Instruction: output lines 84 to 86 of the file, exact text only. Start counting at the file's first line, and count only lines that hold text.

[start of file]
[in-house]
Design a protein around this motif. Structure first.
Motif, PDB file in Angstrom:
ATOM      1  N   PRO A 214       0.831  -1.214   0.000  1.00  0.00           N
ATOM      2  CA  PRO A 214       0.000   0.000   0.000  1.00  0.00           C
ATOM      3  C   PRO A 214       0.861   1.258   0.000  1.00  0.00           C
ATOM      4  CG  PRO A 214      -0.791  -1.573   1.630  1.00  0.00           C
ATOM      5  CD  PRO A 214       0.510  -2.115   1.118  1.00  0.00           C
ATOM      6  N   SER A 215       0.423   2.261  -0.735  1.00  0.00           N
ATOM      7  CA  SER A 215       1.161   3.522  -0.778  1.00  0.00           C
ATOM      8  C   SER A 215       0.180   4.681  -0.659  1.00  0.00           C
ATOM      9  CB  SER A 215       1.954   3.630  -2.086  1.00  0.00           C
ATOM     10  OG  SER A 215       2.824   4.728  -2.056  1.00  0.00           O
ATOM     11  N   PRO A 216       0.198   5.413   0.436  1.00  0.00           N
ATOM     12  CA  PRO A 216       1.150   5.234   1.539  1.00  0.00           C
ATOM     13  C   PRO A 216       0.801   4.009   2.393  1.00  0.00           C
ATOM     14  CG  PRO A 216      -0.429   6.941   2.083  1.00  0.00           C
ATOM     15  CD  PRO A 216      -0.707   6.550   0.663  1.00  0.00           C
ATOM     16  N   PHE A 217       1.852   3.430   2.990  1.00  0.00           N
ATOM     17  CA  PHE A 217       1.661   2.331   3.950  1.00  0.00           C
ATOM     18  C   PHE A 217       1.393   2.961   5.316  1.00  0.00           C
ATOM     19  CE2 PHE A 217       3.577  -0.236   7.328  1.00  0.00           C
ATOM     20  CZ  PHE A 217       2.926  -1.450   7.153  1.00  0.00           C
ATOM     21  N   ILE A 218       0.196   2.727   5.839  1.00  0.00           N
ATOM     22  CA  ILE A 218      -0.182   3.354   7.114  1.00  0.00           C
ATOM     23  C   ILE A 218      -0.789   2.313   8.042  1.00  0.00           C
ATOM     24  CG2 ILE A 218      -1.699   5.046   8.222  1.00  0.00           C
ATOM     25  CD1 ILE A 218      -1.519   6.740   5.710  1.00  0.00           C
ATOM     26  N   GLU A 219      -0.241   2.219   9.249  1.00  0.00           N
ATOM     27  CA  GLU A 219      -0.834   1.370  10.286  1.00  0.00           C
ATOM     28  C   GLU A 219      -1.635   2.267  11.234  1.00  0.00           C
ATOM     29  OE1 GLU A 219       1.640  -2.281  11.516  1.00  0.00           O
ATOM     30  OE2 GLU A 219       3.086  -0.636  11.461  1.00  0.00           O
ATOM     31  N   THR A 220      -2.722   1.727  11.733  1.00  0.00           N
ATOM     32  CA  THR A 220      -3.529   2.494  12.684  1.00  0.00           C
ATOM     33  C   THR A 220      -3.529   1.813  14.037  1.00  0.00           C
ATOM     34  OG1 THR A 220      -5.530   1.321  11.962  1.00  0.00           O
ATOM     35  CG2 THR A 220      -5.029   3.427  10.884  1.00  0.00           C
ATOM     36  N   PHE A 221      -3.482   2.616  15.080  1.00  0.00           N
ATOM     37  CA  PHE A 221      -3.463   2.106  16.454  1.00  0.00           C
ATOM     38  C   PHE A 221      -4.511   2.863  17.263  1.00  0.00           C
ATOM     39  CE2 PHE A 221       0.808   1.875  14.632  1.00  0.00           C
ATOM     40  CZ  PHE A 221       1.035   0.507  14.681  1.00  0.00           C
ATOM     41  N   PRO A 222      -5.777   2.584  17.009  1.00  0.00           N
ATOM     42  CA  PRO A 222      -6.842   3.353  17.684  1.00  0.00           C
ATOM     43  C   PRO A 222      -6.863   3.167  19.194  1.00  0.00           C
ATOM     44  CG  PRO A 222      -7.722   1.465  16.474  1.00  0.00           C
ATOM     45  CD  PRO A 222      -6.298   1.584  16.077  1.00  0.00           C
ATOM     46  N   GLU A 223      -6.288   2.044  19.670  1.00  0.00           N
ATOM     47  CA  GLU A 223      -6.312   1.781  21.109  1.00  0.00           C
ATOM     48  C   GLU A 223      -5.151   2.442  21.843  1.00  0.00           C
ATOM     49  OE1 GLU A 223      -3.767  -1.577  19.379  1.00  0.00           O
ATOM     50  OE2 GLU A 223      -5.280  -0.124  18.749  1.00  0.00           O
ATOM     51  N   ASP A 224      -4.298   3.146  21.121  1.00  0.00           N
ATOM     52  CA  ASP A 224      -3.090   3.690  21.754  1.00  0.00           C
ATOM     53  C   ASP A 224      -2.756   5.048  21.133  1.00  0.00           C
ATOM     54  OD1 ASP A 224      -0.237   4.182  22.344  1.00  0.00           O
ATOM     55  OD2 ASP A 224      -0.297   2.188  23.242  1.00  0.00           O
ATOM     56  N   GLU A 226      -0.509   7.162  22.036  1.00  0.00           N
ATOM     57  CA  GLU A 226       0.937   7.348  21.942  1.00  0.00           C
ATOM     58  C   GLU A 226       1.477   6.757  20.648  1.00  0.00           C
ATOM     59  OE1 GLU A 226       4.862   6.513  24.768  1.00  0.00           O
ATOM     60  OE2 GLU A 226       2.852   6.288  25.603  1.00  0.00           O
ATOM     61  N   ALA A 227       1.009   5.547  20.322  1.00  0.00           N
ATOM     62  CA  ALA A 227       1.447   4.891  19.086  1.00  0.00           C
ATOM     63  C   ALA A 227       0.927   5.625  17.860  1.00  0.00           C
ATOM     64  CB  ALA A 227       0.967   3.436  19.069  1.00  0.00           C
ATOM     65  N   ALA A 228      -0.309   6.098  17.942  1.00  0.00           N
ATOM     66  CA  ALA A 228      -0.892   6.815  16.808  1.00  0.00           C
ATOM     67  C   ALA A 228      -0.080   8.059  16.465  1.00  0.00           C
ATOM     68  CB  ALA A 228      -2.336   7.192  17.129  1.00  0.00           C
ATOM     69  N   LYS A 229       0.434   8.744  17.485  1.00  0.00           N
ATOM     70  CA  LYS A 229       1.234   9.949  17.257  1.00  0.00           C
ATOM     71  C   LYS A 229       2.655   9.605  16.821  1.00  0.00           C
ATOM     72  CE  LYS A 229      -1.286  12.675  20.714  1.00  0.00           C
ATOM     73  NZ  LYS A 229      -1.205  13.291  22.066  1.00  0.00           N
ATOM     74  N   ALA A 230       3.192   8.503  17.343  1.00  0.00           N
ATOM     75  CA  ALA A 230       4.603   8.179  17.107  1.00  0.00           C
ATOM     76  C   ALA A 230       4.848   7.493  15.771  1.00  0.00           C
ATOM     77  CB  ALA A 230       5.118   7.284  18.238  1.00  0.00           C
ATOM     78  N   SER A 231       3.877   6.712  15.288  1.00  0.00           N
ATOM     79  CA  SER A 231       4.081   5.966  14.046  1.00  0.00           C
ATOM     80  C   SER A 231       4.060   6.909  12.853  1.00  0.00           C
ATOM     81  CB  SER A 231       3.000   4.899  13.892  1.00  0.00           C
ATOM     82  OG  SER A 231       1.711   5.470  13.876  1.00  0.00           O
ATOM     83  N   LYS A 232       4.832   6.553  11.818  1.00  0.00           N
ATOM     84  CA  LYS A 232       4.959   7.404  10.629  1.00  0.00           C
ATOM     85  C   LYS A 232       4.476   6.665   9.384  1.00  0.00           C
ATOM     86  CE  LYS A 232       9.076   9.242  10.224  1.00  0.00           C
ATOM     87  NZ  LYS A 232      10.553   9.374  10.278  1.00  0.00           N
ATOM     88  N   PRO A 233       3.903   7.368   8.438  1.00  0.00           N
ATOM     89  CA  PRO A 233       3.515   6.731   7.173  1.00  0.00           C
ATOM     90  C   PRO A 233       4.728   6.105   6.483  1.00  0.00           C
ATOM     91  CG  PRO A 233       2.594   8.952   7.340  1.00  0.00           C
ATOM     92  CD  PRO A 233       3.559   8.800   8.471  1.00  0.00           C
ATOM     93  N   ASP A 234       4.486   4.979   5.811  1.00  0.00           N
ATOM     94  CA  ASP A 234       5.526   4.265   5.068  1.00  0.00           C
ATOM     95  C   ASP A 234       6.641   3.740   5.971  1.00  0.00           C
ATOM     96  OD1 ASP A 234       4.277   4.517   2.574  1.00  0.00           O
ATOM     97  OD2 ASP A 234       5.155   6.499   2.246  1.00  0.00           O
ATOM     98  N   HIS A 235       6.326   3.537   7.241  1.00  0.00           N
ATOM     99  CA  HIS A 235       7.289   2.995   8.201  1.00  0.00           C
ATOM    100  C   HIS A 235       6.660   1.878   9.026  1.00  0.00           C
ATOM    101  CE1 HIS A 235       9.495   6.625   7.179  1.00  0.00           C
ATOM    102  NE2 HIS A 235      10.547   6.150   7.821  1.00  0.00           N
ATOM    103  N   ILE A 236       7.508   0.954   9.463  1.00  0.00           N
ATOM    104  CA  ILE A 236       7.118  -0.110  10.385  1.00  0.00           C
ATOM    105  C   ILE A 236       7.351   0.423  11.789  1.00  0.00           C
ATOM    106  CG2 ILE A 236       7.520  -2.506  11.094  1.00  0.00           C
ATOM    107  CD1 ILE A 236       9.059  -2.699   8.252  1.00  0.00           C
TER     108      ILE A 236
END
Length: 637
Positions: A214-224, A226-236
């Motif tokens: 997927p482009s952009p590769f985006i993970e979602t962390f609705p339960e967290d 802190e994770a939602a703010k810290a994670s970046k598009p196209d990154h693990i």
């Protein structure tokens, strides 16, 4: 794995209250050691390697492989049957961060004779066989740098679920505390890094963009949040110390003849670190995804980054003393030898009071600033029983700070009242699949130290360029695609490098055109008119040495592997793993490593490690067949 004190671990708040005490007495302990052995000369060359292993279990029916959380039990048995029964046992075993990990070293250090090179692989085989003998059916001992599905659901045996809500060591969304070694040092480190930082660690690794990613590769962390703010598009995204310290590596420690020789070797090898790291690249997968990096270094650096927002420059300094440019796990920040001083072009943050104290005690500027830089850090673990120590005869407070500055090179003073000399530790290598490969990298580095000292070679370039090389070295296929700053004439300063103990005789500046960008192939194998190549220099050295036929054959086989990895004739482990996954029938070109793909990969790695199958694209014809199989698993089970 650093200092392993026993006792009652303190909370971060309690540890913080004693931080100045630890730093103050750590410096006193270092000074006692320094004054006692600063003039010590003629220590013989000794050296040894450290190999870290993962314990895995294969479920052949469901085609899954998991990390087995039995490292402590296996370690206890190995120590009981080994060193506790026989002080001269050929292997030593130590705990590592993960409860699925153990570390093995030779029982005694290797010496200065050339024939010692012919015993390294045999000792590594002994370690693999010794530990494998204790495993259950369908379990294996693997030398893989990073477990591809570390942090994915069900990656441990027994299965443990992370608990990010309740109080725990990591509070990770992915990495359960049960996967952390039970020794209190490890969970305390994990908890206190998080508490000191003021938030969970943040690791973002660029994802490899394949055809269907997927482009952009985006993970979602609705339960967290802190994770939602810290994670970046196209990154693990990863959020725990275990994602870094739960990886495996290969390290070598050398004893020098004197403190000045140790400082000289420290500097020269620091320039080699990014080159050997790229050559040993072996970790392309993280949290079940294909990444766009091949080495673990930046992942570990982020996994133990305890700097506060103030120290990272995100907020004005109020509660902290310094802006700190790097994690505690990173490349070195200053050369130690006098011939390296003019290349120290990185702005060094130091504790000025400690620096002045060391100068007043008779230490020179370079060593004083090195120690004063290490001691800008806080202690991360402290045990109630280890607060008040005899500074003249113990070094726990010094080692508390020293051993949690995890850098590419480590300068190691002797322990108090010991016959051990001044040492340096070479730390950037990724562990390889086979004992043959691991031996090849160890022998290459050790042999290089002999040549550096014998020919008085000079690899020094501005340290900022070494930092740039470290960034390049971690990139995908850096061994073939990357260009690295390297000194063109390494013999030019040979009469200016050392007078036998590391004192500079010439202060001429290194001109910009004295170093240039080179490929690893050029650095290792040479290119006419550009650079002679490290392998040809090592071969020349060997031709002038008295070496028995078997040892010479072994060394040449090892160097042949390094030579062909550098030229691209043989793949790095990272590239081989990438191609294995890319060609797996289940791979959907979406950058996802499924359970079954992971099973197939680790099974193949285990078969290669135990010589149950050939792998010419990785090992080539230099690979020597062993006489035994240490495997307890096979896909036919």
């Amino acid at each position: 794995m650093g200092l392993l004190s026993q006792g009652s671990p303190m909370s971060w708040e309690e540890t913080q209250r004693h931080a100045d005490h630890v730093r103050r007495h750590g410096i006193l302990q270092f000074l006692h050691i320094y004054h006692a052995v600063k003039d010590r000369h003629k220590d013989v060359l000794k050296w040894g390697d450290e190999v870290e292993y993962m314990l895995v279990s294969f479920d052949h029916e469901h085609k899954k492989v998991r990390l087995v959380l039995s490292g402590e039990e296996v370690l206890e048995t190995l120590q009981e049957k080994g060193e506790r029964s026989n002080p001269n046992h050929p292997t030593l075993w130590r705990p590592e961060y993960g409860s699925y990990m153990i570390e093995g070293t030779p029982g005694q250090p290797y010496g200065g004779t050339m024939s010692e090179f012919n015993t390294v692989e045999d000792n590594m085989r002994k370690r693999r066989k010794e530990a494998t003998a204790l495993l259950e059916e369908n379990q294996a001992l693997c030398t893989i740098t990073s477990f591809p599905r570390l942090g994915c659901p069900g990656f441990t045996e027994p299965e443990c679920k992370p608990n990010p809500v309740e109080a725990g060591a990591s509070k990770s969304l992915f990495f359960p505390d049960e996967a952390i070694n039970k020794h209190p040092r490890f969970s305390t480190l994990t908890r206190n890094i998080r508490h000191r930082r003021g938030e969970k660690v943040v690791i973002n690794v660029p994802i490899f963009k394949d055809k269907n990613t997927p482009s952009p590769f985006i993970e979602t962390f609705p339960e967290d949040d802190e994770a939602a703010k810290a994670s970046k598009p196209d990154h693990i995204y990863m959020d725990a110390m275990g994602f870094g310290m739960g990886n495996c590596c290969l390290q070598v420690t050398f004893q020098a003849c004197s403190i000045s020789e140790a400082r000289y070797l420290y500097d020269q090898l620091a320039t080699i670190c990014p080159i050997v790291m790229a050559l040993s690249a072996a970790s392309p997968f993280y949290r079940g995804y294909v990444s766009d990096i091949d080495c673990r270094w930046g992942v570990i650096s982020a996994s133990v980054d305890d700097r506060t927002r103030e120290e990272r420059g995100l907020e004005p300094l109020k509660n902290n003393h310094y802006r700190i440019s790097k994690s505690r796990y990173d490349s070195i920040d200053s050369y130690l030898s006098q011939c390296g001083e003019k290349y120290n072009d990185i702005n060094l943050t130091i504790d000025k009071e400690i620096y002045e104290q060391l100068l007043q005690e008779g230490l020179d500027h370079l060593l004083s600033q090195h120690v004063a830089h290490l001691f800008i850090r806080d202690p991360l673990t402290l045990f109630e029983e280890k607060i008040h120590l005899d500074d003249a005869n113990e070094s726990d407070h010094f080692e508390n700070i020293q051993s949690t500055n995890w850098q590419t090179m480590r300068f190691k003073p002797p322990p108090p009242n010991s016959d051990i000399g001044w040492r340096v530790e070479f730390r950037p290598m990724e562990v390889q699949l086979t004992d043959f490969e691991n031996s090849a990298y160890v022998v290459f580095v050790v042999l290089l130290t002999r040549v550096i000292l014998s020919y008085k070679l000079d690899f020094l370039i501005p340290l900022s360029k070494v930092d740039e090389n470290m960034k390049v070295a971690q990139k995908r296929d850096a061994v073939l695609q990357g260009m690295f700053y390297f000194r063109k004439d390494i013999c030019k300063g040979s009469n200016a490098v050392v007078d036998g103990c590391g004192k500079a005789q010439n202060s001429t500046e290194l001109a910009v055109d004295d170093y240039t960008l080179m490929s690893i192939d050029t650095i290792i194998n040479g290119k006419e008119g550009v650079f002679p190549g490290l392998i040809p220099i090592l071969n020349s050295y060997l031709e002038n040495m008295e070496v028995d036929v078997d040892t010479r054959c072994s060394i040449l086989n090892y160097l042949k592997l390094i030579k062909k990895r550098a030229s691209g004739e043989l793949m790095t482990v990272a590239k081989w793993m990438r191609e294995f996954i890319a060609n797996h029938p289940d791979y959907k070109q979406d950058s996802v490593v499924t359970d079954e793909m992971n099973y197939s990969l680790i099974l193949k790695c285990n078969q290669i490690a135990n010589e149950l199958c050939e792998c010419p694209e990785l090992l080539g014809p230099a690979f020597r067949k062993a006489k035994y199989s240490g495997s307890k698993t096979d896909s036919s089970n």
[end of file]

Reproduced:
ATOM     81  CB  SER A 231       3.000   4.899  13.892  1.00  0.00           C
ATOM     82  OG  SER A 231       1.711   5.470  13.876  1.00  0.00           O
ATOM     83  N   LYS A 232       4.832   6.553  11.818  1.00  0.00           N